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"Do you see those stars to the north just above the horizon?" whispered Gabriel, holding her back close against his chest.

Mirin raised her brows as she turned to look at him. "Of course! It is the constellation of the Dove. Everyone knows that."

He grinned. "Ah, yes, but do you know that it is also the constellation of the goddess Solan?"

She smiled with feigned innocence. "I am afraid, sir, that I am not familiar with the goddess of whom you speak." She leaned her head back against his shoulder and closed her eyes. Softly, she said, "Perhaps you could tell me more of her."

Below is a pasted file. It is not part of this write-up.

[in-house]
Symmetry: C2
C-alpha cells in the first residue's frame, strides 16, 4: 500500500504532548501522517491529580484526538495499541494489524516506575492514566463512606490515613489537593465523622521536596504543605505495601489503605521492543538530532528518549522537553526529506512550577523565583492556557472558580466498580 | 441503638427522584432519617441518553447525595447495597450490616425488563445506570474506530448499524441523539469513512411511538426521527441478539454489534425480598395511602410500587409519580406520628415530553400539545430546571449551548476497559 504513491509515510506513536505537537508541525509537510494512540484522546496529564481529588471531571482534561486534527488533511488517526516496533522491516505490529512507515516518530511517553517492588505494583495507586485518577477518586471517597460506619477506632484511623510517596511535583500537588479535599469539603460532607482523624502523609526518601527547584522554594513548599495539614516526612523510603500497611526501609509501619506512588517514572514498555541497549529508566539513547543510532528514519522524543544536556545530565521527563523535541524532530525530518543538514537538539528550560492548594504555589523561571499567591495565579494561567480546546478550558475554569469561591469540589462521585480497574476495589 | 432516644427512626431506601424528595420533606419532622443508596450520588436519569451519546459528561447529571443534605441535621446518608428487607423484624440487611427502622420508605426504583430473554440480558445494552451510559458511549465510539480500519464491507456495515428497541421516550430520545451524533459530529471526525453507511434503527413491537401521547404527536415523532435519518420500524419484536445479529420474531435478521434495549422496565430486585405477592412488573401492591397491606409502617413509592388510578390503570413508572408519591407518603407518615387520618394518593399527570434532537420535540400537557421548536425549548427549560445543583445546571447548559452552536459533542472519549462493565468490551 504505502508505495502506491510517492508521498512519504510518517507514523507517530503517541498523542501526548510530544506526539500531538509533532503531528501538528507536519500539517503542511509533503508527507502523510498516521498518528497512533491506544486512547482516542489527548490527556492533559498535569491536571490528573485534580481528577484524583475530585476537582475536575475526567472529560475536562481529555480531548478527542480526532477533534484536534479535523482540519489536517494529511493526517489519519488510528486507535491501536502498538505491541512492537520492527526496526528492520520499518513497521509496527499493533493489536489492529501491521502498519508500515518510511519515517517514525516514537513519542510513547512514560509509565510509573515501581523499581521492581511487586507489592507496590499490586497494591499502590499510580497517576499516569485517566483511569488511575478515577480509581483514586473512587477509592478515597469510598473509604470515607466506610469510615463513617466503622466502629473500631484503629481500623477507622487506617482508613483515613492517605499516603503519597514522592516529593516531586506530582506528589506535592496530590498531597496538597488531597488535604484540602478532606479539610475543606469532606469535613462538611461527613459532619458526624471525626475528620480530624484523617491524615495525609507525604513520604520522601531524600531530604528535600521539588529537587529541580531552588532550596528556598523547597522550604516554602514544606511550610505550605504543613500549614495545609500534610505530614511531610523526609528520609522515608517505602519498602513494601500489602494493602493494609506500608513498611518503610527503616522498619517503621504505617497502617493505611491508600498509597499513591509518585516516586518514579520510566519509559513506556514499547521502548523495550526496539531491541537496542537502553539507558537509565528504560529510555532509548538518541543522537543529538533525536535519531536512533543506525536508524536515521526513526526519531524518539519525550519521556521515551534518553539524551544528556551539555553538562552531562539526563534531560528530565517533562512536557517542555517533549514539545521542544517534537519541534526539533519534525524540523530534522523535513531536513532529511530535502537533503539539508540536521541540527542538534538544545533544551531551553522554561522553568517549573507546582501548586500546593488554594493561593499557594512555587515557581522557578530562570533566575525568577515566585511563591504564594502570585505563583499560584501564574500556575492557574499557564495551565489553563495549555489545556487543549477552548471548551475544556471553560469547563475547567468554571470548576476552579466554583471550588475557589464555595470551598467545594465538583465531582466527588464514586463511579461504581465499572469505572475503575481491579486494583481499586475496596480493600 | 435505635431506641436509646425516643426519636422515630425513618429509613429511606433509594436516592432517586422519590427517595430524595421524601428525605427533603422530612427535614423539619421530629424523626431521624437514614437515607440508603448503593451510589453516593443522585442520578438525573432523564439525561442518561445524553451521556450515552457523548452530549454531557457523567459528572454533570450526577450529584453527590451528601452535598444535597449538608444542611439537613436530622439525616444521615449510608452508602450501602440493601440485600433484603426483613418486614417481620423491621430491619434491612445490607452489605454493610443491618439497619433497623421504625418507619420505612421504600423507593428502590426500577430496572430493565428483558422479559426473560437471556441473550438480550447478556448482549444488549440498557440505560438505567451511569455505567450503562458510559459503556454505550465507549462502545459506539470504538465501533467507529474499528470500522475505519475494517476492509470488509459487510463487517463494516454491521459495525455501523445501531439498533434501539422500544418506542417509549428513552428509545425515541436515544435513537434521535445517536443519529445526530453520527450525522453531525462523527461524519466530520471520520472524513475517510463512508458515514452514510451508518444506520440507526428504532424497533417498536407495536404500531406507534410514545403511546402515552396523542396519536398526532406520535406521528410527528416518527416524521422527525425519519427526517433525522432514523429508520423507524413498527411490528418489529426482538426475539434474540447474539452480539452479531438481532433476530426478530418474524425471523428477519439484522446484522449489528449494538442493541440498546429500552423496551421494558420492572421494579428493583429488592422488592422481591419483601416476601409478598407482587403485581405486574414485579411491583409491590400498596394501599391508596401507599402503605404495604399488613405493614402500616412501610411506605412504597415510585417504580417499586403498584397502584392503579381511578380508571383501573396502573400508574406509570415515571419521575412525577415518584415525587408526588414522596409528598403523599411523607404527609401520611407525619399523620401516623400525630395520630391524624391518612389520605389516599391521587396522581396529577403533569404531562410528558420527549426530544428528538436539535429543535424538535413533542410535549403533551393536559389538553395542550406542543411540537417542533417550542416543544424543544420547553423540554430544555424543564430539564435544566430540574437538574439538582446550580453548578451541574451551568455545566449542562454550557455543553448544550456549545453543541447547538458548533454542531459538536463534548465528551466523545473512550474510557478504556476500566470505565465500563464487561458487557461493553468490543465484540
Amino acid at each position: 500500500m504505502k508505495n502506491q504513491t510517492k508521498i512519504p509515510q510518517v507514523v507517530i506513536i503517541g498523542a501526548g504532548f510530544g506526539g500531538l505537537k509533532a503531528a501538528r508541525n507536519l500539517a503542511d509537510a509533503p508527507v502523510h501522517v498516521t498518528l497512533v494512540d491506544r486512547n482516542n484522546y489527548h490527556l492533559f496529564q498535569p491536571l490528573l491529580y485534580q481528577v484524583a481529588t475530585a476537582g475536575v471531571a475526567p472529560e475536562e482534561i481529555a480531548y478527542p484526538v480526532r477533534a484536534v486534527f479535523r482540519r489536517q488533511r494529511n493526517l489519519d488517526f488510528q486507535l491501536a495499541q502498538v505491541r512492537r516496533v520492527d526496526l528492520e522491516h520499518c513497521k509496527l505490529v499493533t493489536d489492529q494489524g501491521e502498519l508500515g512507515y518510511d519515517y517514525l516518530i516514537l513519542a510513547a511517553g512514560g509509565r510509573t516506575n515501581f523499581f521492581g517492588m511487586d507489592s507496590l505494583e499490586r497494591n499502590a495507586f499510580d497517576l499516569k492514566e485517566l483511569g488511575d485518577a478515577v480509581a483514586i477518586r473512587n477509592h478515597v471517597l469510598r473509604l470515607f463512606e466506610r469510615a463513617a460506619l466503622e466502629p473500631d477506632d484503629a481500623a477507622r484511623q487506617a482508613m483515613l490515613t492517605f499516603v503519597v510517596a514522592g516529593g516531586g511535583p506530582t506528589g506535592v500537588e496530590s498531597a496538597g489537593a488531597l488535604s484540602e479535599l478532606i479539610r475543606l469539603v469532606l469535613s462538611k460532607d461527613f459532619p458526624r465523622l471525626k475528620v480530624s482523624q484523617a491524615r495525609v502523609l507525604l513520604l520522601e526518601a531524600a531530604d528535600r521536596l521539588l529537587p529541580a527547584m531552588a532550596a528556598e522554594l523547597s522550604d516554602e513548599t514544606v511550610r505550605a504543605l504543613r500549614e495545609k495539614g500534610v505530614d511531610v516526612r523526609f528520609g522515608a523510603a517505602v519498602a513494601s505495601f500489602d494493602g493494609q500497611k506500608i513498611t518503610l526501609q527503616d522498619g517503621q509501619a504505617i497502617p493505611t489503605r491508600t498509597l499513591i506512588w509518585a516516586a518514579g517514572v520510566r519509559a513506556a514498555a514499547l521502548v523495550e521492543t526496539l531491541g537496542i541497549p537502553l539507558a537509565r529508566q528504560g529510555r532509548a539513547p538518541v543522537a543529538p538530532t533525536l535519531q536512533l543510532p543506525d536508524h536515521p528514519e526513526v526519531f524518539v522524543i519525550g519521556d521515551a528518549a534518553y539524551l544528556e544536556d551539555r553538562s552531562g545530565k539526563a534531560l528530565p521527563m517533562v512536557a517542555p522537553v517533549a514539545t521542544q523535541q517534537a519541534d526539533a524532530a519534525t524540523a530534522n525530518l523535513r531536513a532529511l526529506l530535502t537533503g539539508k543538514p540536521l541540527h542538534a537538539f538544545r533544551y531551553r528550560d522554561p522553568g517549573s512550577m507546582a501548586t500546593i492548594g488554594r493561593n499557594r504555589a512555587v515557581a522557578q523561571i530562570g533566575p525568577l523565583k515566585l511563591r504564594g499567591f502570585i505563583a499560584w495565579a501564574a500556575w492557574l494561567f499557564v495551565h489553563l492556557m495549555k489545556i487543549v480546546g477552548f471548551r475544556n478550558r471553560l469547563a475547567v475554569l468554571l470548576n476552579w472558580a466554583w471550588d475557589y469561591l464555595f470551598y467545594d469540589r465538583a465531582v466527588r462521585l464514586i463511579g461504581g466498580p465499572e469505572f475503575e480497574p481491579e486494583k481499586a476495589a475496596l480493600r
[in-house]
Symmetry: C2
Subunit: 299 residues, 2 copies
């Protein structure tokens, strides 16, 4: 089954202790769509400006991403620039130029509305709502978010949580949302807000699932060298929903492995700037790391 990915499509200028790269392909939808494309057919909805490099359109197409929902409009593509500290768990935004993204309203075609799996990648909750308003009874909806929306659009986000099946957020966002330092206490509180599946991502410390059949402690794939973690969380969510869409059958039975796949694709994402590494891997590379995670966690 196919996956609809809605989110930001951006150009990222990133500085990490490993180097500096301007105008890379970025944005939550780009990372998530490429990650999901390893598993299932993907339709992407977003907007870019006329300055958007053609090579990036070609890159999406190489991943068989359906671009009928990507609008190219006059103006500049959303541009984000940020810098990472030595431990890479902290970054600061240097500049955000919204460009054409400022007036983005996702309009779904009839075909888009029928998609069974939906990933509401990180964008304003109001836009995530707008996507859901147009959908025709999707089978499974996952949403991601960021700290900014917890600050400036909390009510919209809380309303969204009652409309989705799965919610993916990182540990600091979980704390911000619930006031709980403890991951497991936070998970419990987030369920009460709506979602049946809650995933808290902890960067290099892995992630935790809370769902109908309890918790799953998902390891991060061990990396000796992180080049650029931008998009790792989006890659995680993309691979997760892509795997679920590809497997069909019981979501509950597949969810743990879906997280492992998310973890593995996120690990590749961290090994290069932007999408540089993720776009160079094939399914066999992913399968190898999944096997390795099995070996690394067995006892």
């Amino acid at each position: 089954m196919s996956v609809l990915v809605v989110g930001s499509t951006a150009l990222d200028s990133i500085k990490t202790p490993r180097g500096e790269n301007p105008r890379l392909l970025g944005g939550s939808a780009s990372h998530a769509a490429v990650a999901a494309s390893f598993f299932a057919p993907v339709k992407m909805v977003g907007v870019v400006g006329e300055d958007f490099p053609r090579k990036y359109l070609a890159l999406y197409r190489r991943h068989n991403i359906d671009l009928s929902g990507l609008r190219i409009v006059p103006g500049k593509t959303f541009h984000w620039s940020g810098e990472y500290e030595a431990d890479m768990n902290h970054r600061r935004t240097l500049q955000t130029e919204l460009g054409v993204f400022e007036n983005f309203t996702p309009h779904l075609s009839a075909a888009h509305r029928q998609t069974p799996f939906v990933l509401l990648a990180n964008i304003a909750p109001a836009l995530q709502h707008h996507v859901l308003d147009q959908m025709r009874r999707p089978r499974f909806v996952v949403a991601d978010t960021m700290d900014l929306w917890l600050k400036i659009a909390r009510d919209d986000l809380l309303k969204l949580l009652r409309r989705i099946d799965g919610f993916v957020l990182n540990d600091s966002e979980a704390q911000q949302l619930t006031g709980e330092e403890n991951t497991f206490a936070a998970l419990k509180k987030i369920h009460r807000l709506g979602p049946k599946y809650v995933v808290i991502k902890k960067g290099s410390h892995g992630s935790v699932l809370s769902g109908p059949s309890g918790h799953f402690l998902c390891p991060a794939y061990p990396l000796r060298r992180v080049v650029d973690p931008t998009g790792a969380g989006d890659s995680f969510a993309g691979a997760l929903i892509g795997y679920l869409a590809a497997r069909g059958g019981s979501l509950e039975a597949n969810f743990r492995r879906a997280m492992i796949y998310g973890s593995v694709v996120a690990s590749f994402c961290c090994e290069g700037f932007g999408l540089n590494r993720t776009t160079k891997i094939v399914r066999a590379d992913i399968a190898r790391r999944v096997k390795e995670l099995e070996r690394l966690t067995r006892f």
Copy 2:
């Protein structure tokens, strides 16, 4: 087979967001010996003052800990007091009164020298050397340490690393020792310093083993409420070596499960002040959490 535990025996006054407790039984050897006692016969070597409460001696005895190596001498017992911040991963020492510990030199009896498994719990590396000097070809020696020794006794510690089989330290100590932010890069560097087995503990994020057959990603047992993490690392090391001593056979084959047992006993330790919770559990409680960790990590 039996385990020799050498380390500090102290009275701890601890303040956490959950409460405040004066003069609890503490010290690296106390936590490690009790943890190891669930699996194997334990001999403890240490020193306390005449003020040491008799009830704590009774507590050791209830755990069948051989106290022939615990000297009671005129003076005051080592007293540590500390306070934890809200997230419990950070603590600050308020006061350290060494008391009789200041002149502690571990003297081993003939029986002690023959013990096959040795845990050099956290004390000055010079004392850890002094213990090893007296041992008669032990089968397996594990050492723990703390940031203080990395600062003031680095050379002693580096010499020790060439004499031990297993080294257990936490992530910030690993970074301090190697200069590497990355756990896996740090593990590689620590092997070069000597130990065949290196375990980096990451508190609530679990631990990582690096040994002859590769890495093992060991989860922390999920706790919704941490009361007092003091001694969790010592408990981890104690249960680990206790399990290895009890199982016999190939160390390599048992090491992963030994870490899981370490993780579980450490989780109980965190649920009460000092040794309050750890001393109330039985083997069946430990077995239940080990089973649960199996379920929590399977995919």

His lips brushed her neck. "Solan, my beloved, is the goddess of joy."

Mirin's eyes flew open. "She is not! She is the goddess of love and you know it very ..."

Gabriel laughed, then gently, slowly, turned her to face him. He kissed her, his breath warm and urgent. "Indeed, just as I said."

Joy. His eyes shone with it. His body trembled with it. His voice sparkled with it. For him, love was joy. Not pleasure, not possession, not giving, not taking: it was all these things, and more. Joy.

Mirin drew a deep breath and wrapped her arms around his neck, eager to be loved. The amulet dug into her flesh. As Gabriel's gray eyes swept over her with desire, with love, with joy, as his strong, sure arms effortlessly lowered her to the ground, as his huge, gentle hands pushed the gown off her shoulders, down her arms, and moved to caress her, as his long body covered hers, tears stung her eyes. The chain about her neck felt so heavy. She felt it would strangle her, though without it, she knew she would not have this man. The amulet was performing flawlessly.